Tile laying tricks for uneven surfaces

Updated February 21, 2017

Most packaging instructions for laying tiles will tell you to start with a perfectly flat and even surface, to ensure that the tiles are flat and even in the end. Like many home project instructions, this is often easier in concept than reality. Plaster walls, concrete or wood floors and other surfaces over which you might want to lay tile are very often humped, indented and otherwise uneven, which will prevent the tiles from setting evenly with each other. There are several ways to deal with this dilemma.

Installing cement board

The best solution to an uneven tiling surface is to cover it with an even surface. Cement board (a much harder version of plasterboard) is the standard today for laying most kinds of tile, and should be used for tiling whenever possible. Install 1.2 cm (1/2 inch) cement board for floors and 6 mm (1/4 inch) for walls. It's installed with thinset mortar and screws, and arranged in staggered rows, like plasterboard. Fill in the seams between the boards with thinset mortar and scrape them smooth to get a solid, flat, unbroken surface for your tile.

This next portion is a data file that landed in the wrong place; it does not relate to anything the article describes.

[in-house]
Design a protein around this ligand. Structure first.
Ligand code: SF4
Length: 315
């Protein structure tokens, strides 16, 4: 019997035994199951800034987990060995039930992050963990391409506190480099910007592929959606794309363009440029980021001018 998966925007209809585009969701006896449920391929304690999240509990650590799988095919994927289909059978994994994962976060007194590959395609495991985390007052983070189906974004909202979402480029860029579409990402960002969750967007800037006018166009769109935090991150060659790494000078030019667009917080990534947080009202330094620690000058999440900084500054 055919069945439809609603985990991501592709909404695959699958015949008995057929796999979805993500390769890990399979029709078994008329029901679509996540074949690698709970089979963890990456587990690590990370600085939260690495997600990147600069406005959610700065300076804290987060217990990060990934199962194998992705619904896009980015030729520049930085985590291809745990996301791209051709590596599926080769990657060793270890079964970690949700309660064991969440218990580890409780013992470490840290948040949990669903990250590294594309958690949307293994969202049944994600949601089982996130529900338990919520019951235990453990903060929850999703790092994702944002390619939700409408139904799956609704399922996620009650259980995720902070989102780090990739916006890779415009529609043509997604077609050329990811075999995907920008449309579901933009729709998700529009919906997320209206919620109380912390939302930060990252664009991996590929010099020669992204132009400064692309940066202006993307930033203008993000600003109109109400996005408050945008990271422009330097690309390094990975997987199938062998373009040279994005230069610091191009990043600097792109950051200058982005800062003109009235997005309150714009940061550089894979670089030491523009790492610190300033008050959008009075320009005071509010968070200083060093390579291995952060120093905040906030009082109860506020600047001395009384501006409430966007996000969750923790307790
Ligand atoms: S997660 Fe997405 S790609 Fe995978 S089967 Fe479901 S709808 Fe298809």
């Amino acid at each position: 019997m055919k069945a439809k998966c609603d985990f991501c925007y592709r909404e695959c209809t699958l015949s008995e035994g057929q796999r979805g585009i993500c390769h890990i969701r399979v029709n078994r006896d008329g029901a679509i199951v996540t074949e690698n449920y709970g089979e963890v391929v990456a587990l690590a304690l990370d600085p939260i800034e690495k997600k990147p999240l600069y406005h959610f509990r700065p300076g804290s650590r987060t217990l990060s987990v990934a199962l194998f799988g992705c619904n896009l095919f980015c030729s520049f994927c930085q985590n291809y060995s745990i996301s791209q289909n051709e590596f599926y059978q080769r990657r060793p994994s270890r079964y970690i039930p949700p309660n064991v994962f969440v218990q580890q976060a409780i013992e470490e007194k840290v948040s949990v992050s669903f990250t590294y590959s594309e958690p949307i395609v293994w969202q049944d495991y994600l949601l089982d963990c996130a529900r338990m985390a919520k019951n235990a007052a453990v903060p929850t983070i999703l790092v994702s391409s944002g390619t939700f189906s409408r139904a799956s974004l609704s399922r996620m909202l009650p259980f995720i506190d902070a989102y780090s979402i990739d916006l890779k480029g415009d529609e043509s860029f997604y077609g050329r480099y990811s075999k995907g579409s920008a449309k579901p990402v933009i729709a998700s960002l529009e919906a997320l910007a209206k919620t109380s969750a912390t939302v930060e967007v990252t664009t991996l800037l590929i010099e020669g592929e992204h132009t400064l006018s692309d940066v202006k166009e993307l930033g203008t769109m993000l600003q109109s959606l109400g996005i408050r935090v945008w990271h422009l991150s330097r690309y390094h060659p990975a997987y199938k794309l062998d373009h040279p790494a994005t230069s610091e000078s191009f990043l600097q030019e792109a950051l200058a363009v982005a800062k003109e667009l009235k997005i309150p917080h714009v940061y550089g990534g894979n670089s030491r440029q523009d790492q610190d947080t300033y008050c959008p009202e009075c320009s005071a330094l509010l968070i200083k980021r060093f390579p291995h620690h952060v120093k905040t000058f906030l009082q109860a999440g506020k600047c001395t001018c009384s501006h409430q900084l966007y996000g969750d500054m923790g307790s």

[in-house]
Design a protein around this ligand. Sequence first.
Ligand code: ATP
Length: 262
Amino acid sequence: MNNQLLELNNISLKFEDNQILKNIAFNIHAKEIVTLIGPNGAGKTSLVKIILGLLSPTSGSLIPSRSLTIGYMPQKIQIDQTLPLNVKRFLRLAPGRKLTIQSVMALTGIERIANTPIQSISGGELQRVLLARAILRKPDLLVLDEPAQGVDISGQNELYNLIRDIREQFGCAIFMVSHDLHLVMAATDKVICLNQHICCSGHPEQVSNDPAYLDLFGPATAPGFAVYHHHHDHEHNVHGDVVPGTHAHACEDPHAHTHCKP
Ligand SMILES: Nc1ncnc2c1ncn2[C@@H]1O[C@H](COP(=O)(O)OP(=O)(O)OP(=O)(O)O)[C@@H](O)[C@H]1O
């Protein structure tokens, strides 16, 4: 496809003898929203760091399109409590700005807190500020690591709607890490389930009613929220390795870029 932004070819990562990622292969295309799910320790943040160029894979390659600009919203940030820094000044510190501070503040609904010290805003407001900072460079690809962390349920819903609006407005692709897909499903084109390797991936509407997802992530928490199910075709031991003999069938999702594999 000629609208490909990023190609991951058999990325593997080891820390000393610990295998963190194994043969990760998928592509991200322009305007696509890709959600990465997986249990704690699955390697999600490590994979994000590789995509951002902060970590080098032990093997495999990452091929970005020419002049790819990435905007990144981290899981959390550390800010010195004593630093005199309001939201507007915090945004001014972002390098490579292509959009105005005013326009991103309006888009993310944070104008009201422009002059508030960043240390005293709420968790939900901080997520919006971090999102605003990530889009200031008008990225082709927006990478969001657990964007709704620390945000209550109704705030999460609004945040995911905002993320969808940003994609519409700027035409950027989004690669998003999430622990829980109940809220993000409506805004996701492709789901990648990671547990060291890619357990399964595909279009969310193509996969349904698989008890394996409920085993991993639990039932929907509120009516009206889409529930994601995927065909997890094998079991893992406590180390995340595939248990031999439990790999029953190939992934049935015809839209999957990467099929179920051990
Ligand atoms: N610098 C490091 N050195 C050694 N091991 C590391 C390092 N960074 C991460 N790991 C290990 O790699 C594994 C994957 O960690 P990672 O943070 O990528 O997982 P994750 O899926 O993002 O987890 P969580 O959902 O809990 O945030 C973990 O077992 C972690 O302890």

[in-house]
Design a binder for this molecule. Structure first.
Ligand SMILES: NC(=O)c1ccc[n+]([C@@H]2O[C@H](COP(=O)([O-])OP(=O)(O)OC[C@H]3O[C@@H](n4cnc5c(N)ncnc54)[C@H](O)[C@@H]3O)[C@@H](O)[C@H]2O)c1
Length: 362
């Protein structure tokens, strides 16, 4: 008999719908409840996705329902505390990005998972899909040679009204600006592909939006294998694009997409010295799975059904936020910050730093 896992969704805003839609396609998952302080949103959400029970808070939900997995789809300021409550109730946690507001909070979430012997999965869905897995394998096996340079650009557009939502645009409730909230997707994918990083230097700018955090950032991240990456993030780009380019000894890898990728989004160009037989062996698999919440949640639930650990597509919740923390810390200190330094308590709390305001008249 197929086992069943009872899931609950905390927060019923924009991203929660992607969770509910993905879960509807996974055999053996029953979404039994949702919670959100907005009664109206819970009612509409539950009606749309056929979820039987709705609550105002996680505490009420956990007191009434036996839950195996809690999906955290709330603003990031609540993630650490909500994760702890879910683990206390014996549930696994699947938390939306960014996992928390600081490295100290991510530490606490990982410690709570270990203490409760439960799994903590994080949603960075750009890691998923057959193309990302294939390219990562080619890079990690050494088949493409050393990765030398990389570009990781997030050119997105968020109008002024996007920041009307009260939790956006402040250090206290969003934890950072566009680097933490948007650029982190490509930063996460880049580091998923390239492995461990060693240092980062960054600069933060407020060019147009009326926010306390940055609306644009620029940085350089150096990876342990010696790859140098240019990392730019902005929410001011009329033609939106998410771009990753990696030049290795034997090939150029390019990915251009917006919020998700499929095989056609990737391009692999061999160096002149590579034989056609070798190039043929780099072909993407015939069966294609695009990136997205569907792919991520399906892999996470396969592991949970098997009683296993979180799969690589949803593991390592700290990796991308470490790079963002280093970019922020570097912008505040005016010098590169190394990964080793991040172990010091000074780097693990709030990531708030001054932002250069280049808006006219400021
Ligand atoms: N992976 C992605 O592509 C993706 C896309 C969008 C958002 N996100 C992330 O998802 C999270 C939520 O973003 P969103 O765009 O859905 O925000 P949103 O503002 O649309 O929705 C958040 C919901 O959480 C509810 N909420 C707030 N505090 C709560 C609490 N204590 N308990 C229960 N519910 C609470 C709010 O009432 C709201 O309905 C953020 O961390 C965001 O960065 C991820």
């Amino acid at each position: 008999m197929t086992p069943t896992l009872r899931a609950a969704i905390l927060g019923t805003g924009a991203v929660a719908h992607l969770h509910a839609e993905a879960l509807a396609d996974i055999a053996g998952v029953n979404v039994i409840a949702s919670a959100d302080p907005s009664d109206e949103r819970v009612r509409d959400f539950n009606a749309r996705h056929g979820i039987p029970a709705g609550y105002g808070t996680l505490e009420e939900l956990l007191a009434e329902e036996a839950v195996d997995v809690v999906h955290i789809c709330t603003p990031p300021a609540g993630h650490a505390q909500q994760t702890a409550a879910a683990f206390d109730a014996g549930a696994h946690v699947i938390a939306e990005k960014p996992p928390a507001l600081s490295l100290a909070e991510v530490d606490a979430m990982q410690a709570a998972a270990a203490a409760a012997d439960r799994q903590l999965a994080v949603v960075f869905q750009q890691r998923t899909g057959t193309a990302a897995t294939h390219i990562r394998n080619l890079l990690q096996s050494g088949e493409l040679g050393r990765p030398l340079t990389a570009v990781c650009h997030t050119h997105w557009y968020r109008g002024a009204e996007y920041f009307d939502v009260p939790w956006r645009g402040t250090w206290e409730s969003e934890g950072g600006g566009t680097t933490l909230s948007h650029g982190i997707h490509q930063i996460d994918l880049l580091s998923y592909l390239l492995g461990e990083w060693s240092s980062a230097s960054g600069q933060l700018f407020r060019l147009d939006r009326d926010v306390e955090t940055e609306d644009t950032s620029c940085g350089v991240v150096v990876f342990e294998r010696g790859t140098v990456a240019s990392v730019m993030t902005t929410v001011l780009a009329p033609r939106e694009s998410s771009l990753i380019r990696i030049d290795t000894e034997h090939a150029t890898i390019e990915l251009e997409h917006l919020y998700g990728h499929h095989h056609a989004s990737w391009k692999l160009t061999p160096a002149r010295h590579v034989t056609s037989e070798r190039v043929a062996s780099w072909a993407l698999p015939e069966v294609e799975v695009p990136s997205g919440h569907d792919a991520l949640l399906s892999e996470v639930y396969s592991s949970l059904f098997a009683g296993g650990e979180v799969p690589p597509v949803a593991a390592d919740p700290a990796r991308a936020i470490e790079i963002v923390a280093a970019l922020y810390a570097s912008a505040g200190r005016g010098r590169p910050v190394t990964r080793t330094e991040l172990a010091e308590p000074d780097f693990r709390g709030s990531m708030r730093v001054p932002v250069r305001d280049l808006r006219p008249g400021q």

Liquid levelers and extra mortar

Sometimes you can't install cement board, because the surface isn't conducive to it or it will raise the level of a floor too much -- one example would be an existing tile floor that you want to tile over. In those cases, a combination of a liquid leveller and a thick mortar bed can solve the problem. Levellers are mixed to a watery consistency, then poured over the surface to settle into the dips and cracks, eventually drying rock-hard. Using a thicker layer of mortar than usual to lay the tiles will also help obscure the unevenness of the surface.

Surrender to unevenness

Sometimes no amount of preparation work will fix an even surface in preparation for tiling -- a patched-up, wavy concrete patio, for example. At that point, it may be time to invoke an old carpenter's axiom: if you can't fix it, make it look like you planned it that way. Many types of tiles are made to look random and uneven, including tumbled travertine, Mexican saltillo and roughcut flagstone. When installing these tiles on an uneven surface, it's still a good idea to use extra mortar, so you don't get air pockets underneath that could loosen them.

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